Matthew Rosewarne on 4 Mar 2007 04:36:08 -0000

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[PLUG] HOWTO: Find a purpose for Garrison Keillor

Equipment needed:
	1 _stereo_ FM radio with headphone port
	1 audio cable, 3.5mm stereo headphone jack to 3.5mm stereo headphone jack
	1 computer with microphone/line-in port

I'm setting up a laptop with an encrypted 80GB disk.  The laptop's user won't 
be around for about a week, so I have plenty of time.  I an advised that 
encrypted partitions can be made safer if, before they are formatted, they 
are filled with random data so that the encrypted parts are difficult to 
locate for an attack.  The problem is, where is this data supposed to come 
from?  As far as I can see, the Linux kernel gets its entropy from input 
devices, hardware interrupts, and network activity.  That may be fine for 
generating enough random data to make the odd GPG key, but hardly enough to 
fill 80GB, especially on a computer that doesn't have anyone at the keyboard 
or any network activity.  To the rescue comes the Audio Entropy Daemon, which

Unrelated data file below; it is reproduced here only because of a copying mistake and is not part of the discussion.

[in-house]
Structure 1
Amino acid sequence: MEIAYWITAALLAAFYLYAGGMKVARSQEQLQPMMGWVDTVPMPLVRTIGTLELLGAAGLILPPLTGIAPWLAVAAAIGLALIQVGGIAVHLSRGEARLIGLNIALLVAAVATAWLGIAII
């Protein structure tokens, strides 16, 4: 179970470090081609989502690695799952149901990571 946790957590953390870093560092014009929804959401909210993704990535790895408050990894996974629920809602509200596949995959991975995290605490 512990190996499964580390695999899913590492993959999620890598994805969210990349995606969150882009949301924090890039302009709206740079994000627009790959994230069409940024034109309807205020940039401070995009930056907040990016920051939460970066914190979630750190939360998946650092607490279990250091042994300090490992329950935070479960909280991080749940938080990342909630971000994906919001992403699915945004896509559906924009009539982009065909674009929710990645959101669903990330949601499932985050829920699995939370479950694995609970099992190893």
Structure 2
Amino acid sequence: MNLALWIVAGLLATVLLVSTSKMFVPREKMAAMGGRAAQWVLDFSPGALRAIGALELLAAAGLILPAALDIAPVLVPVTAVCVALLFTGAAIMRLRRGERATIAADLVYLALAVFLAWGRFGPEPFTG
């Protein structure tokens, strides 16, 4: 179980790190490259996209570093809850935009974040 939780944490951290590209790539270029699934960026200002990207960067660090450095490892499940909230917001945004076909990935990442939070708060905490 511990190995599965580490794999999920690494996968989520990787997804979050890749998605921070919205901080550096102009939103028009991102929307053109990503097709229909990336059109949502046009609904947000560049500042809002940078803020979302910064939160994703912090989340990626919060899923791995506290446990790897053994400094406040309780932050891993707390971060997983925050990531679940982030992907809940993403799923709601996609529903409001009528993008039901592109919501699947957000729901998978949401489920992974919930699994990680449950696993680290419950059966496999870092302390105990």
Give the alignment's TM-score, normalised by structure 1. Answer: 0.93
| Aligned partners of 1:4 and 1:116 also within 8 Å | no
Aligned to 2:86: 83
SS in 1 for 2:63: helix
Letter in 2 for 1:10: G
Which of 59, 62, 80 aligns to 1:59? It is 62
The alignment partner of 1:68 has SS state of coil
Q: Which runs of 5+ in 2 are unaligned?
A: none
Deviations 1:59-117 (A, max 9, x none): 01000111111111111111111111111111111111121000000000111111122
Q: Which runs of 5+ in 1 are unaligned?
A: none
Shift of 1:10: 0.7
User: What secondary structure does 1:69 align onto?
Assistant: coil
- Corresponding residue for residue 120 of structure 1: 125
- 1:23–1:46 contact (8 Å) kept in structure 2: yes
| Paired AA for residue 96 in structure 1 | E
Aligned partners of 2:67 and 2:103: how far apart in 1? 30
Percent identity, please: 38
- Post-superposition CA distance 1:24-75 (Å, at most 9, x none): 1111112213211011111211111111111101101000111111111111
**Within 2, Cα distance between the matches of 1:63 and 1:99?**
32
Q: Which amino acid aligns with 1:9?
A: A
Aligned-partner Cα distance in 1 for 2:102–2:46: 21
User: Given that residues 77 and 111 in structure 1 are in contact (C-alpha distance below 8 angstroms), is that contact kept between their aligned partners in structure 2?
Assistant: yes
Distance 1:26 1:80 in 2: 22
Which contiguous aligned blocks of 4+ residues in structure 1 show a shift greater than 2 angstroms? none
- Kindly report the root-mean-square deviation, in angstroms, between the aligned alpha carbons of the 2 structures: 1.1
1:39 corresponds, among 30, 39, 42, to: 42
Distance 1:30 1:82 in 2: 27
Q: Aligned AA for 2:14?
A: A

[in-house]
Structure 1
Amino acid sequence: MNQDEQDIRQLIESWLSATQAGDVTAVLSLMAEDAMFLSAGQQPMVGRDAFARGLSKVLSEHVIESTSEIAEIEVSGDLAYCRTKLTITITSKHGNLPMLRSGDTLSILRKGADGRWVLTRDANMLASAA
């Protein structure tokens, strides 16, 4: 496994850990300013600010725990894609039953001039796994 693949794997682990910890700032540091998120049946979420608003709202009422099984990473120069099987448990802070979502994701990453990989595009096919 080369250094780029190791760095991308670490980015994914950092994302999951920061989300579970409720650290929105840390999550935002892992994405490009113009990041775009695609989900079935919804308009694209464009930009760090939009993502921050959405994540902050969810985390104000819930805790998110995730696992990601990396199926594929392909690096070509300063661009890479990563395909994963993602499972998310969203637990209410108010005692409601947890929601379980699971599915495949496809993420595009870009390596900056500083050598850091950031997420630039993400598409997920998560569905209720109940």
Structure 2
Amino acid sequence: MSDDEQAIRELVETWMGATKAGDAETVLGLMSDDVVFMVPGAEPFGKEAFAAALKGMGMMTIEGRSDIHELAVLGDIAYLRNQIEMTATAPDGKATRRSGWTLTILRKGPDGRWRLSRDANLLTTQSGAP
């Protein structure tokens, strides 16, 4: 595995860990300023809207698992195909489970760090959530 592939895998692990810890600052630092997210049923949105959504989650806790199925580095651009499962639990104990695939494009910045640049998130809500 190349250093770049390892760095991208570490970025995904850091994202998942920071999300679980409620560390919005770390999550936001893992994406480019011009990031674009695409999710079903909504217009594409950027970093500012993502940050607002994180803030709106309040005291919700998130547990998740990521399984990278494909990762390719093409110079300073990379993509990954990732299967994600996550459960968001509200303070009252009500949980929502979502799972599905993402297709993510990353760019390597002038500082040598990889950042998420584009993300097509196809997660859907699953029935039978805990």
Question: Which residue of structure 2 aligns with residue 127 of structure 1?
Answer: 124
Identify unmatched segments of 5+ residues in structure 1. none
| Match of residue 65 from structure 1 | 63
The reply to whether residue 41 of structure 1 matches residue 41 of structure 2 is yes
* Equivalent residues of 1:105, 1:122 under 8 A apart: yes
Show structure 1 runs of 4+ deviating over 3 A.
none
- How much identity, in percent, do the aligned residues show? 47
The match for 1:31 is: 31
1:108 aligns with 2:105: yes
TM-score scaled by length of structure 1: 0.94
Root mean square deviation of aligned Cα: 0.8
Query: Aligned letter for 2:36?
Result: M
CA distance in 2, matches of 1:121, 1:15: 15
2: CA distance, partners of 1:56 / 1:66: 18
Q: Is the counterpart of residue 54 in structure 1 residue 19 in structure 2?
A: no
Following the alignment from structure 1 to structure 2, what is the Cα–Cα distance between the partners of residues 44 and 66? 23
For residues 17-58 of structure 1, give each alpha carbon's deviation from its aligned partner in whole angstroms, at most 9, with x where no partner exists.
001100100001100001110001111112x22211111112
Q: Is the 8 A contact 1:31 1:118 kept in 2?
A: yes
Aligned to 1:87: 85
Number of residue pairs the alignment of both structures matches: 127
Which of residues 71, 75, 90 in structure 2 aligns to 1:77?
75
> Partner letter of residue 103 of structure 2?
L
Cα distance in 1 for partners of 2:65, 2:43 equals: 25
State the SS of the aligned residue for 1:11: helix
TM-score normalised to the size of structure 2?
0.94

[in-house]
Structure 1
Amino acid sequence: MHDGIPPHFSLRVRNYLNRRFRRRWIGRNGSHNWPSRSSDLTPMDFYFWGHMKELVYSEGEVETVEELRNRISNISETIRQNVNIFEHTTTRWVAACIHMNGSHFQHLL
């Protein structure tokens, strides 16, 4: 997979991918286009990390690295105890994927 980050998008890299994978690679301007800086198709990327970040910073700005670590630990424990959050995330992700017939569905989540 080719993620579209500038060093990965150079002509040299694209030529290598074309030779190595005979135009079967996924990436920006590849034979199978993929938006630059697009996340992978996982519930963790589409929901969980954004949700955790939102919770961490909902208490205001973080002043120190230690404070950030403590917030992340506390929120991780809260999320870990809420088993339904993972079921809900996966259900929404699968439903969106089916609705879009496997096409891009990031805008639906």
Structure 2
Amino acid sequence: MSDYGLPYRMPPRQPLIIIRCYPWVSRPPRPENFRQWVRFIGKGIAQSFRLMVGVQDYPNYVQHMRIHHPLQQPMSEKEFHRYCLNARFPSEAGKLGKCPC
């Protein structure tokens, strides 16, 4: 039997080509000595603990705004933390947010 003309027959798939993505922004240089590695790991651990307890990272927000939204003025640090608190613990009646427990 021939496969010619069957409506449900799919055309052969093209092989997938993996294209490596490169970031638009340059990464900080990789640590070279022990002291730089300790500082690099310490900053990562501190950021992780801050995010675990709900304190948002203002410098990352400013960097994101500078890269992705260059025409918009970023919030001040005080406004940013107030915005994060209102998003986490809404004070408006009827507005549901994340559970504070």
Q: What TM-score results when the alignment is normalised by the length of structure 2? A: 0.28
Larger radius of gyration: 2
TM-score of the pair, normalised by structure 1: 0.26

generates random data from the difference between the two channels of the 
stereo sound captured by the sound card.

How to use it:

1. Plug one end of the audio cable into the radio's headphone port and the 
    other end into the computer's microphone/line-in port
	*I chose WHYY National Public Radio for the station, which is probably more
	  random than the pre-recorded music tracks on most stations

2. Adjust the mixer settings until you can hear the radio out of the 
    computer's speakers

3. Turn the speakers off, unless you want to listen to this for quite a while
	*Don't just mute the sound card, that will render the daemon useless!

4. Download the tarball and run make on the contents (Read the README too)
	tar xvzf audio-entropyd-0.0.6.tgz
	cd audio-entropyd-0.0.6

5. Make sure the ALSA-OSS modules are loaded
	modprobe snd-pcm-oss
	modprobe snd-mixer-oss

6. To see the difference the daemon makes, look at the random data being
    generated without it.  Note how little is written after the buffer empties
	cat /dev/random

7. Now start the daemon, specifying the appropriate audio device with "-d"
	./audio-entropyd -d /dev/dsp0

8. To see how effective the daemon is, look again at the random data.
	cat /dev/random

Now you can have as much random data as you like, and maybe even make The 
Prairie Home Companion worthwhile.

I have to wonder why this functionality isn't built into the kernel, does 
anyone feel like a spot of hacking?

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